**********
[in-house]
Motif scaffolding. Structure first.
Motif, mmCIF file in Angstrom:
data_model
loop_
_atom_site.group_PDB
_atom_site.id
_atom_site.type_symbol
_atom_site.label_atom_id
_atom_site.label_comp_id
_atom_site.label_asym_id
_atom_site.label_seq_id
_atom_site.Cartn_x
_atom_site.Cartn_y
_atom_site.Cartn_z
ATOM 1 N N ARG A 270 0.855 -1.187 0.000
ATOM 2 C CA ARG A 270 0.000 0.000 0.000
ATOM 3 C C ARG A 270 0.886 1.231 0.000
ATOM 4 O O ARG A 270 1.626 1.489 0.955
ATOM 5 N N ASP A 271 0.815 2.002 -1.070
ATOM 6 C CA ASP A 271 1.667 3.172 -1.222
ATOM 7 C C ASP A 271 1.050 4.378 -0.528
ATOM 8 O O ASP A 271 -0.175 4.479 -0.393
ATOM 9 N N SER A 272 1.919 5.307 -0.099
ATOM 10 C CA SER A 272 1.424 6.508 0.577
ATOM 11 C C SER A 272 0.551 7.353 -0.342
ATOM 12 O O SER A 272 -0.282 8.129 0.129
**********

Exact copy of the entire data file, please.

[in-house]
Motif scaffolding. Structure first.
Motif, mmCIF file in Angstrom:
data_model
loop_
_atom_site.group_PDB
_atom_site.id
_atom_site.type_symbol
_atom_site.label_atom_id
_atom_site.label_comp_id
_atom_site.label_asym_id
_atom_site.label_seq_id
_atom_site.Cartn_x
_atom_site.Cartn_y
_atom_site.Cartn_z
ATOM 1 N N ARG A 270 0.855 -1.187 0.000
ATOM 2 C CA ARG A 270 0.000 0.000 0.000
ATOM 3 C C ARG A 270 0.886 1.231 0.000
ATOM 4 O O ARG A 270 1.626 1.489 0.955
ATOM 5 N N ASP A 271 0.815 2.002 -1.070
ATOM 6 C CA ASP A 271 1.667 3.172 -1.222
ATOM 7 C C ASP A 271 1.050 4.378 -0.528
ATOM 8 O O ASP A 271 -0.175 4.479 -0.393
ATOM 9 N N SER A 272 1.919 5.307 -0.099
ATOM 10 C CA SER A 272 1.424 6.508 0.577
ATOM 11 C C SER A 272 0.551 7.353 -0.342
ATOM 12 O O SER A 272 -0.282 8.129 0.129